Market Report: Conglomerate image hammers BTR to four-year low

BTR, once one of the conglomerates that seemed capable of sweeping all before it, fell to its lowest for nearly four years as worries grew about current year's profits.

The shares were knocked 3.5p to 265.5p in busy trading. But it was the 1995/96 warrants that demonstrated just how disenchanted the stock market has become with the group born out of the old Birmingham Tyre & Rubber Co.

The warrants, once 140p, fell to a 14p low. They are bordering on worthless, offering the holders the right to subscribe for a new share at 258p in the 30 days following September's interim report.

There is no doubt that BTR, which indulged in an old-fashioned takeover spree in the days when conglomerates enjoyed glamour status, had factored in the benefits of the warrants in its cash projections.

From the 1995/96 warrants still outstanding it could have expected an inflow of around pounds 240m.

The weakening shares must put a question mark over the group's chances of such a windfall. Even the 1997 warrants, down to a low of 25.5p look perilously close to the borderline with their pounds 350m injection in jeopardy.

And 1998 warrants, at 8p with a switch price of 405p, are either one of the best bets in the market or a dead loss.

For years BTR's profits moved majestically ahead although last year's peak of pounds 1.5bn was rather less than expected. Profit warnings, a hitherto unheard of event, have come to be an unwelcome part of BTR life.

Last month came the second in six months when the company said half-year operating profit would be lower. Since then the share decline has been ominous.

Suggestions that year's profits will emerge at around pounds 1.38bn are one of the eroding influences. There is also a growing feeling BTR should do a Hanson - admit the conglomerate days are numbered and shoot for a break-up deal. However Hanson's obvious difficulties in convincing the market about the merits of its demerger could be enough to prompt BTR's new chief executive, Ian Stachan recruited from the RTZ resources giant, to face it out and stick with the conglomerate philosophy.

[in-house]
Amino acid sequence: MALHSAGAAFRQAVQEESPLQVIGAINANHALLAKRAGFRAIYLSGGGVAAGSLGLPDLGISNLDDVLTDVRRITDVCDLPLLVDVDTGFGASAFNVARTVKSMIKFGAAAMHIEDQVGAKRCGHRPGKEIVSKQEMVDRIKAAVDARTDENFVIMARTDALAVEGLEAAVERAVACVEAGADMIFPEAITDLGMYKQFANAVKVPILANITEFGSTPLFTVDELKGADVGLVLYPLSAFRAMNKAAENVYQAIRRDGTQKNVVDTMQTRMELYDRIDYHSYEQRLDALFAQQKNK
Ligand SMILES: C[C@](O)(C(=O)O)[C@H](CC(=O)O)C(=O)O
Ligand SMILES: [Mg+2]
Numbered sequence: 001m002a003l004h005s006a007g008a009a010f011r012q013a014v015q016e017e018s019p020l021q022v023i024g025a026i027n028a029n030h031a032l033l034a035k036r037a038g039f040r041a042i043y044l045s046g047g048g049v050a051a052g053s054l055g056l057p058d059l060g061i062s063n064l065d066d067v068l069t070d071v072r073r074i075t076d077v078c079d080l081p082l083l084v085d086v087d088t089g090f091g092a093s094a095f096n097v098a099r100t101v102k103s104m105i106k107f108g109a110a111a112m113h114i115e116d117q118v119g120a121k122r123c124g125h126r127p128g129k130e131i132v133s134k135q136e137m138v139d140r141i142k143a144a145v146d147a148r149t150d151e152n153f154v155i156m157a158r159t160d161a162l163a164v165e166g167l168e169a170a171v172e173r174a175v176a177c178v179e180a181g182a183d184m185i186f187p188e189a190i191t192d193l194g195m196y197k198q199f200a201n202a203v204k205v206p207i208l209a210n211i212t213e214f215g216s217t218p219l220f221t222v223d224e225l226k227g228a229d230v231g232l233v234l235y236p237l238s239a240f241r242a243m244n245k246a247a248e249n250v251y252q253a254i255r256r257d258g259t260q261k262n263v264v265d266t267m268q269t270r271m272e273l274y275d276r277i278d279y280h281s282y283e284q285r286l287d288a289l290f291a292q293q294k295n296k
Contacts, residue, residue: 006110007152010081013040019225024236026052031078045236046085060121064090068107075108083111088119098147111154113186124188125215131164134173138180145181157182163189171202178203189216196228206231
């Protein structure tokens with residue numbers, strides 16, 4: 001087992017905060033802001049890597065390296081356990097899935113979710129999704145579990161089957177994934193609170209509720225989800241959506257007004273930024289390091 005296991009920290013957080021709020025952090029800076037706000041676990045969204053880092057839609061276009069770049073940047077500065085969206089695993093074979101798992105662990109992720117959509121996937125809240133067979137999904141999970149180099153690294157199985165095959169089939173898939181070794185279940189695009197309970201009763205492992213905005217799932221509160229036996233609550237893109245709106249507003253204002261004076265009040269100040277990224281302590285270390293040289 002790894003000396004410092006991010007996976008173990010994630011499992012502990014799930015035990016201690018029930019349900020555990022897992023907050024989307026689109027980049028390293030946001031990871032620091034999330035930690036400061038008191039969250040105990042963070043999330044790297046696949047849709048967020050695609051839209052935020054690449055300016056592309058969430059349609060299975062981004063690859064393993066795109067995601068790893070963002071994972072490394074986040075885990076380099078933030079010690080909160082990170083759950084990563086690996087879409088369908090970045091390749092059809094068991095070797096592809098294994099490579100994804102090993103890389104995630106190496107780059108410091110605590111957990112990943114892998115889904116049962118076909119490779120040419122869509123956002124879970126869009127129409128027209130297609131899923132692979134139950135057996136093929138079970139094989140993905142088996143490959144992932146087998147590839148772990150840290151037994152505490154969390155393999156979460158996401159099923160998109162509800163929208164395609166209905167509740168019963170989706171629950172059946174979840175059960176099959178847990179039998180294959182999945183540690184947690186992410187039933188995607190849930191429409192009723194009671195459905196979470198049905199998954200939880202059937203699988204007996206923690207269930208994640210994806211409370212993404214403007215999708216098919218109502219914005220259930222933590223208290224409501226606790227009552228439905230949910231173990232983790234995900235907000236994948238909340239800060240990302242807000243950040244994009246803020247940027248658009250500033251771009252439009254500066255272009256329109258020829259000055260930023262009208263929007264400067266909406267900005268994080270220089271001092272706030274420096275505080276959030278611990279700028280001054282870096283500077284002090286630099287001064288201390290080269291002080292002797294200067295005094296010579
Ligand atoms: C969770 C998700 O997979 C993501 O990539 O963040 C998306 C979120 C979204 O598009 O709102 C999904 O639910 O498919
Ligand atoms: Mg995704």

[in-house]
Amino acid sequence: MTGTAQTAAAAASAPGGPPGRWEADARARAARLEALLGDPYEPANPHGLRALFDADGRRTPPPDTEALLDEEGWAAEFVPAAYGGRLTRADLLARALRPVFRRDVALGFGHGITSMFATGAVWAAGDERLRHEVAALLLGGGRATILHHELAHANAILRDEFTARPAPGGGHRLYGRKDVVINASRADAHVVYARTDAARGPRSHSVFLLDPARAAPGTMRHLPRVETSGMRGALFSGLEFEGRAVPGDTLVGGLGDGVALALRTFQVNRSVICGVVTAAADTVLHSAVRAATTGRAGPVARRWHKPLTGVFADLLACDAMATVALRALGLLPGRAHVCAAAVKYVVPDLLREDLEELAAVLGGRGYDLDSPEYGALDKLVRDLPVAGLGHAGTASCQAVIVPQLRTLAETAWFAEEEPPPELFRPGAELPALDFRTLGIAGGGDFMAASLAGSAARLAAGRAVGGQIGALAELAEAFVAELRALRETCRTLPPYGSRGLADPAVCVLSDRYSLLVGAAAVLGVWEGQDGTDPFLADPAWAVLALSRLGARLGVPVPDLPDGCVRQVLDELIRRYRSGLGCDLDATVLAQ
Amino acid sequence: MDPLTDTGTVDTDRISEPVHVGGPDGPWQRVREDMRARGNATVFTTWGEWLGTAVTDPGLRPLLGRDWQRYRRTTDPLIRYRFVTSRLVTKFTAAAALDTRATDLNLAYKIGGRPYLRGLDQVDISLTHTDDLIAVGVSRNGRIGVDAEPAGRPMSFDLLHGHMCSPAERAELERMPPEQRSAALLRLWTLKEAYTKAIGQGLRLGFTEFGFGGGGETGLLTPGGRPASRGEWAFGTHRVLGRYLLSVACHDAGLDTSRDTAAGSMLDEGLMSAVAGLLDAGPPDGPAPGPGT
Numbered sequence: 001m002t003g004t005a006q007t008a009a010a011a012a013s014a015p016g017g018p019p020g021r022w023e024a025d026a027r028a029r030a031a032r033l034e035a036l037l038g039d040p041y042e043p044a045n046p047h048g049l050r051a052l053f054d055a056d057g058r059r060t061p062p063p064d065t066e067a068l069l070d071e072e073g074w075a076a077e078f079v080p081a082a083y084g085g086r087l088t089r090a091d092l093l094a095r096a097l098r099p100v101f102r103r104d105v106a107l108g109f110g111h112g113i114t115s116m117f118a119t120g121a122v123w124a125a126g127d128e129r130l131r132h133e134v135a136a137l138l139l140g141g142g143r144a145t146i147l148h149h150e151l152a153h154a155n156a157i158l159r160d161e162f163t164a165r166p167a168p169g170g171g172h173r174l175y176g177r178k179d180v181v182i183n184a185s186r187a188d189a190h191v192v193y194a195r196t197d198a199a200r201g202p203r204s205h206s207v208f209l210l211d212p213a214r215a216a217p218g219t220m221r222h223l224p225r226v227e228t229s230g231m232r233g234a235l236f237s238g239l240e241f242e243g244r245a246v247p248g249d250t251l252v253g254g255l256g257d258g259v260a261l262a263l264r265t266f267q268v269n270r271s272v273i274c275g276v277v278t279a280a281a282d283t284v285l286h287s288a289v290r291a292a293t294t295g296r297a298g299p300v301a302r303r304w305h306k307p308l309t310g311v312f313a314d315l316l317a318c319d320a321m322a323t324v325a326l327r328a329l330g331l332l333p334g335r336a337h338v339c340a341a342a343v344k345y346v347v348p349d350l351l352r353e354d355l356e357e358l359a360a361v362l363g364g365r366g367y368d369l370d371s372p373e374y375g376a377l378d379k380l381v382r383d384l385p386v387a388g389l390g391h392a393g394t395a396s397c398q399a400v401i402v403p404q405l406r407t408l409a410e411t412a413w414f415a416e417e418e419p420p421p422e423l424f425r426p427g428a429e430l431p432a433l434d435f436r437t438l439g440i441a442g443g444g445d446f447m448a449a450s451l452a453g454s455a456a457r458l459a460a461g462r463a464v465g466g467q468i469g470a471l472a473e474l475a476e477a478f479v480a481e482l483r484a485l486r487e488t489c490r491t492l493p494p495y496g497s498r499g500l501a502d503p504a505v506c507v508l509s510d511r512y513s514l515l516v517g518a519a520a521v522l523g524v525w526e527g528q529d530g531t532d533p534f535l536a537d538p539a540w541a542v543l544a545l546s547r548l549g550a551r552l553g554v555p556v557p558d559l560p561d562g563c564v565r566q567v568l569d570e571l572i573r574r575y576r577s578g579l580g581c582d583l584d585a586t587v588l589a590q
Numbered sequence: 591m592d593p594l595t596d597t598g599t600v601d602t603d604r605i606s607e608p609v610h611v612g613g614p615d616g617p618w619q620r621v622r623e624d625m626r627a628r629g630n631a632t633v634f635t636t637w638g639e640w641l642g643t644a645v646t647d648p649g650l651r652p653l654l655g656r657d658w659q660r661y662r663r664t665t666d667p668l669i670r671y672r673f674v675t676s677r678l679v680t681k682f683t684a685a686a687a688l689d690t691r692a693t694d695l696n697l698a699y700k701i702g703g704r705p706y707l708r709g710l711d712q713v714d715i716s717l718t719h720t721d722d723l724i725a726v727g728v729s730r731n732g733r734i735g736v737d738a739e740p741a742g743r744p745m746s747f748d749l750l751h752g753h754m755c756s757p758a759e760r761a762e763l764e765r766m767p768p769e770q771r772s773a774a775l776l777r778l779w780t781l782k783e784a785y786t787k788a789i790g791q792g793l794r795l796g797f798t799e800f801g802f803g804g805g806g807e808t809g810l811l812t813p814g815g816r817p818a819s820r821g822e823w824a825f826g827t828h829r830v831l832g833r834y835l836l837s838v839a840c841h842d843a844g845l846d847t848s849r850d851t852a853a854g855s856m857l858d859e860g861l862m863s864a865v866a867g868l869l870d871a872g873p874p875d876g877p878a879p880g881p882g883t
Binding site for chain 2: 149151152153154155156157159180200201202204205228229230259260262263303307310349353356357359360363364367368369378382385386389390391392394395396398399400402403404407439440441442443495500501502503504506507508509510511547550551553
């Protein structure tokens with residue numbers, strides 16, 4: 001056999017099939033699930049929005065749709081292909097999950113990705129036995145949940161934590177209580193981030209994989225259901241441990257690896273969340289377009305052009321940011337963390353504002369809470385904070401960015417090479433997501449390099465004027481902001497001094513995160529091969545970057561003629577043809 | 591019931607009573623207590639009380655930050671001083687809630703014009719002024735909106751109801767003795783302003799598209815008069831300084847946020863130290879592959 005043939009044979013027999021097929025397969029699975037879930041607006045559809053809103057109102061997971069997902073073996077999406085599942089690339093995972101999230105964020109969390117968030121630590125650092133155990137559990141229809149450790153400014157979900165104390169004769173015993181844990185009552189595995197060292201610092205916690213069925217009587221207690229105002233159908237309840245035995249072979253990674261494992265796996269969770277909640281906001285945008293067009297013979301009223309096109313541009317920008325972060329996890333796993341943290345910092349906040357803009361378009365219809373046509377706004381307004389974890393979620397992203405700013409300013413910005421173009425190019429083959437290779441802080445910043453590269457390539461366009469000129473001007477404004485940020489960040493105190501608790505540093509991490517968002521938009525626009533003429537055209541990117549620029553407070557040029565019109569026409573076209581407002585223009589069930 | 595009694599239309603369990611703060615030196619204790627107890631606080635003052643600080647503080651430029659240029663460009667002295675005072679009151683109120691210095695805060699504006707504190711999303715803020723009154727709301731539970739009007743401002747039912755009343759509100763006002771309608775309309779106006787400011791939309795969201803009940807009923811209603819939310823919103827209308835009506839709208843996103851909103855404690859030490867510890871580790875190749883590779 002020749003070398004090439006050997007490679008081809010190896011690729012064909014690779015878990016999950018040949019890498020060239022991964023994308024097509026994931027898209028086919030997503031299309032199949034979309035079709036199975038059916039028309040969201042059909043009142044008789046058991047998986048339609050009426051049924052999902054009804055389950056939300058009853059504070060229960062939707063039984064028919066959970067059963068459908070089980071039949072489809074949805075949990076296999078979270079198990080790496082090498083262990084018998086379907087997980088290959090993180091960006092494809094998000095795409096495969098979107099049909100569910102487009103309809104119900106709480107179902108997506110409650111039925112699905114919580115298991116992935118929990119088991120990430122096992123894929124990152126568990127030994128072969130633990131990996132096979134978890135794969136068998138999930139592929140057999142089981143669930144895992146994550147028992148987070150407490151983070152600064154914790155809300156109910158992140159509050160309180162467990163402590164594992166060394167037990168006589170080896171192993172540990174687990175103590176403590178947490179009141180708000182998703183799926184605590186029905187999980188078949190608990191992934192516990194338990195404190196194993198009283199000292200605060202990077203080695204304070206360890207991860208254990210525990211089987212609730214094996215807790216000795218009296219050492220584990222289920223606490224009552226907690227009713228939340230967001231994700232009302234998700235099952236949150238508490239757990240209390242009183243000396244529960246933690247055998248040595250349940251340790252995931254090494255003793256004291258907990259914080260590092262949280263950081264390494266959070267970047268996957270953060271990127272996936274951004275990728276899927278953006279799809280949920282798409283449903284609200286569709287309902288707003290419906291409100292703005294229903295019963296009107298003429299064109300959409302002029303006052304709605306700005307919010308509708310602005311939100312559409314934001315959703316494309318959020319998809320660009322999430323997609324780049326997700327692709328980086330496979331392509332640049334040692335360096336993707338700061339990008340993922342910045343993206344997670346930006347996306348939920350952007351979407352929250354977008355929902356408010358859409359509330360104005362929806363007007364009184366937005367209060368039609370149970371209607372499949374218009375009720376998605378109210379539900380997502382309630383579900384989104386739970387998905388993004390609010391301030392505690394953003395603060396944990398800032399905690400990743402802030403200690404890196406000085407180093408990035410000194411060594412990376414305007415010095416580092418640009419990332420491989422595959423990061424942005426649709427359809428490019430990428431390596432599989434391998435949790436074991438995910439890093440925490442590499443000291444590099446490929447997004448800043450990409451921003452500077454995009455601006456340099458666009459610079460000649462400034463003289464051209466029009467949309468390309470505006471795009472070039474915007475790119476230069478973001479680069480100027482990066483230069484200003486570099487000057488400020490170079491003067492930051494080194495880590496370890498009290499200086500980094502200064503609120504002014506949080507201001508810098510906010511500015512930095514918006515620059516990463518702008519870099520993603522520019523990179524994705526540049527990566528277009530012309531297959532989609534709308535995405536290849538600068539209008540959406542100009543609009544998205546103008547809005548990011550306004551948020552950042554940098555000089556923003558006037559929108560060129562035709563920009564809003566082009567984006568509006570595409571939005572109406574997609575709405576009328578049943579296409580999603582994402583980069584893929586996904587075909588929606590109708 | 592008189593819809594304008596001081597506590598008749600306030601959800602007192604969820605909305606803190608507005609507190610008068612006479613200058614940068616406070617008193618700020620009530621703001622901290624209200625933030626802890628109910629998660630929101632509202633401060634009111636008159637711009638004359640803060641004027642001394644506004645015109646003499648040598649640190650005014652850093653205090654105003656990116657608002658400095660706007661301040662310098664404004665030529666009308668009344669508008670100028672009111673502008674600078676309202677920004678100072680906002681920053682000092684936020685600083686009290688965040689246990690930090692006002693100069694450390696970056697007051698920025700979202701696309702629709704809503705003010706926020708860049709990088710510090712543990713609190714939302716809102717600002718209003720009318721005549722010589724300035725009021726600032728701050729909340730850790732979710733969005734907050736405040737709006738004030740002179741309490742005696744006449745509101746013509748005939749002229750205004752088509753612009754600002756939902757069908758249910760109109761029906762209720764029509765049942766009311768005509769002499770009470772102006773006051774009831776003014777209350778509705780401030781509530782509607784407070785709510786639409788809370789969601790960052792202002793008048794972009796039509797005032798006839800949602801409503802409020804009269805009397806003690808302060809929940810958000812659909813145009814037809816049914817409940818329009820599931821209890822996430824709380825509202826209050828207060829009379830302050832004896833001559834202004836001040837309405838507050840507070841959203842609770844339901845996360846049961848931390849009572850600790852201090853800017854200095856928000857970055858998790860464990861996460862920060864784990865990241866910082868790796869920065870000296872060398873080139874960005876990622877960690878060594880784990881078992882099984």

The rest of the stock market had an uneventful session with a three-day winning run coming to an end as the FT-SE 100 index fell 7.5 points at 3,761.7.

The projected Footsie newcomers achieved modest celebratory gains. Orange, which has yet to make a profit, rose 3p to 252.5p; Next 2p to 558p and United News & Media ended just 1p higher at 707p.

Asda enjoyed a lively session, closing 2.75p firmer at 120.75p after the latest survey from the AGB research group showed it was the best performing superstore chain. Tony MacNeary at NatWest Securities said the display was "stunning". J Sainsbury, once invincible, was the worst-performing company.

Arjo Wiggins Appleton, the paper group, rose 4.5p to 189p on rumoured Cazenove support but Cookson, the industrial materials group, gave up 13p to 307p as Henderson Crosthwaite nudged its forecast down by pounds 5m to pounds 210m. The securities house believes the shares are a buy below 300p.

Prudential Corporation improved 6.5p to 418.5p as SBC Warburg offered support following an investment presentation and Glaxo Wellcome continued to score from the Barclays de Zoete Wedd re-rating.

Vickers, ahead of a presentation last night, firmed 1p to 253p. The growing hostility between British Gas and its regulator left the shares 4p down at 187.5p. Other utilities were weak with Yorkshire Electricity, figures today, off 12p at 744p.

Treats, the iced lolly maker, ended at 176p against a 174p placing. A dull performance compared with many new issues but it could be argued the sponsoring stockbroker, Henderson Crosthwaite, priced the shares rather more accurately than when there is a soar-away reaction.

Polymasc Pharmaceuticals fell 5p to 169p despite a positive presentation. A spin-off from London's Royal Free Hospital medical school, it arrived late last year at 100p.

The company, it seems, is scheduled to make a smaller loss than forecast, around pounds 350,000 against pounds 600,000. A licence agreement should be clinched with a US group soon which could bring in around pounds 500,000.

Polymasc is experiencing a rush of outside interest following its appearance on AIM and has registered more patents in six months than in the previous three years when it was a Royal Free branch. With pounds 3.6m in the bank it is one of the biobabes not in desperate need of new cash.

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